Canadian journalist Donna Laframboise explores the climate debate since 2009.
Rajendra Pachauri, the chairman of the Intergovernmental Panel on Climate Change (IPCC), is a non-stop train wreck. The IPCC is supposed to be an objective scientific body, but Pachauri writes forewords for Greenpeace publications and has accepted a ‘green crusader’ award. He is an aggressive policy advocate even though his organization is supposed to be policy neutral. In 1996, an Indian High Court concluded that he’d “suppressed material facts” and “sworn to false affidavits.” Contrary to longstanding claims, he earned only one PhD rather than two.
This book is a collection of essays about Pachauri originally published as blog posts between February 2010 and August 2013. Essay number one, The IPCC and the Peace Prize, appears here for the first time. It documents how Pachauri improperly advised IPCC personnel that they were Nobel laureates after that organization was awarded half of the 2007 Nobel Peace Prize (Al Gore received the other half).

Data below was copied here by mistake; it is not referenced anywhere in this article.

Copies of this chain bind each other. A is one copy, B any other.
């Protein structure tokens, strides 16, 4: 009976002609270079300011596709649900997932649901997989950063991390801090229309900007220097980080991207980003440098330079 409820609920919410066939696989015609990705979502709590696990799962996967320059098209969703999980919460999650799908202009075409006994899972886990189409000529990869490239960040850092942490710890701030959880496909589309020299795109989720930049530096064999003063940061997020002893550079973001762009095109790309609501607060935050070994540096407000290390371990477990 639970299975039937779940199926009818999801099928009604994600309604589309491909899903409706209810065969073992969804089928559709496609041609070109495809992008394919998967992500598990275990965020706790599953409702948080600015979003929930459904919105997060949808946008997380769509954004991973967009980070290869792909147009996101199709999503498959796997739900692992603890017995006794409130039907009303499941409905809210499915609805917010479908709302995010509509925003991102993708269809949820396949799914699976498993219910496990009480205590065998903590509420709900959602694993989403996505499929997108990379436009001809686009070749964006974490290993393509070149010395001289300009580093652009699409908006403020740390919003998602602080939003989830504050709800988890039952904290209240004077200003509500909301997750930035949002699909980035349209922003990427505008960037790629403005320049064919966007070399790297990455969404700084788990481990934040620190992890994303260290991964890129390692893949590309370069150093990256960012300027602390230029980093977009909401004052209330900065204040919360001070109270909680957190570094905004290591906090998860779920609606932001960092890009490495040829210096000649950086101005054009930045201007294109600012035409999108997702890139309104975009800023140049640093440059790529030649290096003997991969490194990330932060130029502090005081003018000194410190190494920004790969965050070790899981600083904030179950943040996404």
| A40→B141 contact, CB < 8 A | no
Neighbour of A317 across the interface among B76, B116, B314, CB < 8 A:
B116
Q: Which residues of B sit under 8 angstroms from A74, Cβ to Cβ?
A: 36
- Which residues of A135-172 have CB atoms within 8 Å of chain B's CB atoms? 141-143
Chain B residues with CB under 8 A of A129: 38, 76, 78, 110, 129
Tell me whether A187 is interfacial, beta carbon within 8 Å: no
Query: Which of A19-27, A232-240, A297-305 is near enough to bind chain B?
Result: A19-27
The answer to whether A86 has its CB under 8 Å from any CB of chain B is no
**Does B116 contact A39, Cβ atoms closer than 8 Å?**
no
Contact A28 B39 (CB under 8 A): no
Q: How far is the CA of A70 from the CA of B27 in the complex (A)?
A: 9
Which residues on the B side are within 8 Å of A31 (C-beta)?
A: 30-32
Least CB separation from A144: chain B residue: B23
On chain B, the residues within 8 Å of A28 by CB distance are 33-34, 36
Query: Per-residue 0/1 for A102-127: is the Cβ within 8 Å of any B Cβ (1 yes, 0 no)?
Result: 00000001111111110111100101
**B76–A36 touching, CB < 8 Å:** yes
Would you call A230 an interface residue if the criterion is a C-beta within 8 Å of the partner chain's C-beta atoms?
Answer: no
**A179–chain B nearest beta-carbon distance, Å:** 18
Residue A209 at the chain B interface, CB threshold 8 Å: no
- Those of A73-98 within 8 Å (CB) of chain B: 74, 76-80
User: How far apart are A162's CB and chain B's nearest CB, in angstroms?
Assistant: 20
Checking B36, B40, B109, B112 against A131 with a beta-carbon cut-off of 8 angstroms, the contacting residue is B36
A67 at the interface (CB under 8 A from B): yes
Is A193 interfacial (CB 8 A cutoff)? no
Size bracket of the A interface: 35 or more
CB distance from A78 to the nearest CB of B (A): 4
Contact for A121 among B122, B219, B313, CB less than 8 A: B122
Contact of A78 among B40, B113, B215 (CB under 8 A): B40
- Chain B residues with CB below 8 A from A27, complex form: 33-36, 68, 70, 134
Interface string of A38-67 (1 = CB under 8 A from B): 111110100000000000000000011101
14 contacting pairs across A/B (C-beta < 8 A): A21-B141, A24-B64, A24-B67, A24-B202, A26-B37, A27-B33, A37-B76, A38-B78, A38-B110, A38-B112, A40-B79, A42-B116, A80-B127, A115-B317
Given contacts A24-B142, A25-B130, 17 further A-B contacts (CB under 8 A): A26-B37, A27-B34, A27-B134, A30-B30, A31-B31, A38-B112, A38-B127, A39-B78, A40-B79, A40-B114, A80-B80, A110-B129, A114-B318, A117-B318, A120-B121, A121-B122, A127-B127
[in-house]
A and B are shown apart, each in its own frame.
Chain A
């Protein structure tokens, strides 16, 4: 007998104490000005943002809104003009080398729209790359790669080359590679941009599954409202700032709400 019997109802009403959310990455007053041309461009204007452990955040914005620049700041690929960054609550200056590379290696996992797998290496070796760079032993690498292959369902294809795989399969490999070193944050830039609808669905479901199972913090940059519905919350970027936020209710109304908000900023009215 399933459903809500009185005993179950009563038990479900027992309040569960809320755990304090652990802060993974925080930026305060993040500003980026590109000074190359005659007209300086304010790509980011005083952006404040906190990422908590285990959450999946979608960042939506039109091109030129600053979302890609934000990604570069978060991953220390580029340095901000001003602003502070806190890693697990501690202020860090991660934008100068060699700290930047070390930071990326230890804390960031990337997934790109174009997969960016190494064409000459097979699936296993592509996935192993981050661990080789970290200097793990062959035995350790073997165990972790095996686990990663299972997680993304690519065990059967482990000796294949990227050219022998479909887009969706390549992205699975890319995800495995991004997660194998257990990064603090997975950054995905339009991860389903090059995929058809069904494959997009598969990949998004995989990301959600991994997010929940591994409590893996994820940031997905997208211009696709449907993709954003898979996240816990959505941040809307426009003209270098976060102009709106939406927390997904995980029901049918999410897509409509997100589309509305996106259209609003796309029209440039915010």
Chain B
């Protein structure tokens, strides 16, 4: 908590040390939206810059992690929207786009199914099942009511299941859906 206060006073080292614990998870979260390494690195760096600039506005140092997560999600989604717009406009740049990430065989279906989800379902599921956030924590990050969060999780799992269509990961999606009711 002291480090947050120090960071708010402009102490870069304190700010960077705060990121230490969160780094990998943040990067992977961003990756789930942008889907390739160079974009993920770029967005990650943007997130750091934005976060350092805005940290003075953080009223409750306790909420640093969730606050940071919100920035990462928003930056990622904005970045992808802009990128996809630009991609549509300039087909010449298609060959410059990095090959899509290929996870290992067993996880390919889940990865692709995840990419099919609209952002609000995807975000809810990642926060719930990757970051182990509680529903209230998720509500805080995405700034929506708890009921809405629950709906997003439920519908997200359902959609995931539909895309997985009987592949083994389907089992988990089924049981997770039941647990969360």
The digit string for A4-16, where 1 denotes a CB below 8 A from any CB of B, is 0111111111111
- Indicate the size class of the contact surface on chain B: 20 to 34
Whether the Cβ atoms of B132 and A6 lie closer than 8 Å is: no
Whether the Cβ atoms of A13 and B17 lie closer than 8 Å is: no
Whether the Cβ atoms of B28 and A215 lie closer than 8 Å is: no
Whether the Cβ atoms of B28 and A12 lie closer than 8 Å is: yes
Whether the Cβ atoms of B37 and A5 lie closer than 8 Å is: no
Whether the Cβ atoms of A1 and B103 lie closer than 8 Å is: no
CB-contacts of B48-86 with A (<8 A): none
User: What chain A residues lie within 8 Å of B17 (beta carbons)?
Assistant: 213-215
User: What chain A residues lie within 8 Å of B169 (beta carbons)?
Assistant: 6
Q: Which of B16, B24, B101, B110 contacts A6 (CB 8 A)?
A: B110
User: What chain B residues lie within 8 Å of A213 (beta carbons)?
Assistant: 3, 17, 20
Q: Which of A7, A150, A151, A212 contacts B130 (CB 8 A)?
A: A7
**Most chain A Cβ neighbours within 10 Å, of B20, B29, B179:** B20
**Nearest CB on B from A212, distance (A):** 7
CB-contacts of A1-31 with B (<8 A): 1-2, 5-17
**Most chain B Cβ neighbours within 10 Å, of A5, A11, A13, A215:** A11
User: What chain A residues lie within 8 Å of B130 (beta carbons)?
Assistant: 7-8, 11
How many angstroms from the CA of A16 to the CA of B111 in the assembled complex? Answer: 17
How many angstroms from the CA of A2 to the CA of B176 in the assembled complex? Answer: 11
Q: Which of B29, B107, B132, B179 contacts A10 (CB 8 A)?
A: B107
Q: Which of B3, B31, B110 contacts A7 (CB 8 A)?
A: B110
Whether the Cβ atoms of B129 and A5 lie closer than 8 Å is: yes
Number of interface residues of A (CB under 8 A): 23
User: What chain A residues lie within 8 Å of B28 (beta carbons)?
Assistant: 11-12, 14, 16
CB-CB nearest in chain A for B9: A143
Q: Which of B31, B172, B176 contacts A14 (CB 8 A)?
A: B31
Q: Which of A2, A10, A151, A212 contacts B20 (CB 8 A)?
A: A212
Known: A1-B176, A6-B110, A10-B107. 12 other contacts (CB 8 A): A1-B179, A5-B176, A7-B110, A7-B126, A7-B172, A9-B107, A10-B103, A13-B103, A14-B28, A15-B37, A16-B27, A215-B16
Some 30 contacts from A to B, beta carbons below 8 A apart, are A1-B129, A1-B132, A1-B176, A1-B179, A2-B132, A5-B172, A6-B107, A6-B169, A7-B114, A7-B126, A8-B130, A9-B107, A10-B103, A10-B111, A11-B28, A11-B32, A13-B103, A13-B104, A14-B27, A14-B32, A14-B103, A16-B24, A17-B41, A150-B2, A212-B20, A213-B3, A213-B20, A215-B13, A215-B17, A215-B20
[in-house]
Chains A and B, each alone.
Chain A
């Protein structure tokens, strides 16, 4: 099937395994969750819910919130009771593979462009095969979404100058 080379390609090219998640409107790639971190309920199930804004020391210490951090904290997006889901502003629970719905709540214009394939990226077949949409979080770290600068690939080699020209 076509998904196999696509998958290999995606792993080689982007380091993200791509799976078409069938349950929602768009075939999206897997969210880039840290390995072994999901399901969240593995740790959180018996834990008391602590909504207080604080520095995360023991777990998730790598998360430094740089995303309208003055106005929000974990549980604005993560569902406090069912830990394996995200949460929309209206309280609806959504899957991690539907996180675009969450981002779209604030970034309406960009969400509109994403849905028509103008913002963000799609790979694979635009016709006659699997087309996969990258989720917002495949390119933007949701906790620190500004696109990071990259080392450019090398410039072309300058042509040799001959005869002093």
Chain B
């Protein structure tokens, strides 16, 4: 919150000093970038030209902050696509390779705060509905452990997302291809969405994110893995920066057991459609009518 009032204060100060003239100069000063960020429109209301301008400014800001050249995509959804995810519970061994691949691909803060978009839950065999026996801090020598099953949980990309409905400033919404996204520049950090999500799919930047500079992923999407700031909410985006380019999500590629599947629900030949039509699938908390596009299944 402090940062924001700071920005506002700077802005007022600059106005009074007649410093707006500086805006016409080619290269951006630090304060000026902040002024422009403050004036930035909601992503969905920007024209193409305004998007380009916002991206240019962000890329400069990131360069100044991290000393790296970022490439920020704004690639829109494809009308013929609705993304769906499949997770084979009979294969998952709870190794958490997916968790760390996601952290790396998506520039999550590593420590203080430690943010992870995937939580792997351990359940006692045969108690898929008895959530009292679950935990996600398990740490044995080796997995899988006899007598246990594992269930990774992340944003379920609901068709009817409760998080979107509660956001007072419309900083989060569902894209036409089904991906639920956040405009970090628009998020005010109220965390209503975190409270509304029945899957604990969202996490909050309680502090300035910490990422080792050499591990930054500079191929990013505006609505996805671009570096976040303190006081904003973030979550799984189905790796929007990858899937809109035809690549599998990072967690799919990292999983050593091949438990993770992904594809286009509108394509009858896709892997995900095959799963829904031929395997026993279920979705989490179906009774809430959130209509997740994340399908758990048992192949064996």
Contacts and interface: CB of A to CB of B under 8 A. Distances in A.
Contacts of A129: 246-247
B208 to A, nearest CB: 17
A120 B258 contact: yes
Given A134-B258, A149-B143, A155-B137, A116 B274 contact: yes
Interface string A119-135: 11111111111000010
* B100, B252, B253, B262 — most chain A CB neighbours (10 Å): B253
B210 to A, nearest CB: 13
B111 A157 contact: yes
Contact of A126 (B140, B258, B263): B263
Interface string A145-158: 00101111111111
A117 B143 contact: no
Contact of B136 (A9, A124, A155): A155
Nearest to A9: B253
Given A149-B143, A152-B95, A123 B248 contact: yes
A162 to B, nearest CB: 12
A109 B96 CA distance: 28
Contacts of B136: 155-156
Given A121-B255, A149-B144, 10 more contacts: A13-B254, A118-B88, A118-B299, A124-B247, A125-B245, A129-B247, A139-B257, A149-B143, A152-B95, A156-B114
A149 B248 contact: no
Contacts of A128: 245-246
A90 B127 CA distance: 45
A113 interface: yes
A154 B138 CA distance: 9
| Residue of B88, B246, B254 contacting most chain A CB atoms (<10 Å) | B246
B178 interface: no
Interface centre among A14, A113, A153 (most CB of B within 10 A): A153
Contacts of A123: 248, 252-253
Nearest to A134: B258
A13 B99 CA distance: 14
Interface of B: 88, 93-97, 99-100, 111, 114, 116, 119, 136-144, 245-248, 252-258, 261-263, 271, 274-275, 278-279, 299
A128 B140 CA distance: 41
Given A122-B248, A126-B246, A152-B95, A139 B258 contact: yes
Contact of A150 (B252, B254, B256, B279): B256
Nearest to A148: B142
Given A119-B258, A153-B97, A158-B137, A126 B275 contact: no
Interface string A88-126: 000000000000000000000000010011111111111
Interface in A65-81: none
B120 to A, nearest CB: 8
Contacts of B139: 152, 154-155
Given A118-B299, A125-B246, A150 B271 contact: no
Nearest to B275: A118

Scientists aren’t supposed to embellish. They’re supposed to be clear-eyed about what is true and what is false. The idea that hundreds of scientists have been padding their resumés, that they’ve been walking around in broad daylight improperly claiming to be Nobel laureates, isn’t something any normal person would expect.
But that is exactly what happened. It took the IPCC five years to correct the record. During that time, media outlets, science academies, and government officials went along for the ride. The moral of this story is that, when faced with a choice between the unadorned truth and exaggeration, IPCC personnel made the wrong call. Their judgment can’t be trusted.
IPCC exposé, The Delinquent Teenager Who Was Mistaken for the World’s Top Climate Expert
The UN’s Intergovernmental Panel on Climate Change (IPCC) writes a report informally known as the Climate Bible. Cited by governments around the world, it’s one of the reasons we’ve collectively decided that carbon dioxide emissions are dangerous.
But rather than being written by a meticulous, upstanding professional in business attire (aka the world’s top scientists & best experts), the Climate Bible is produced by a slapdash, slovenly teenager who has trouble distinguishing right from wrong (aka, activists, 20-something graduate students, people appointed due to their gender or their country).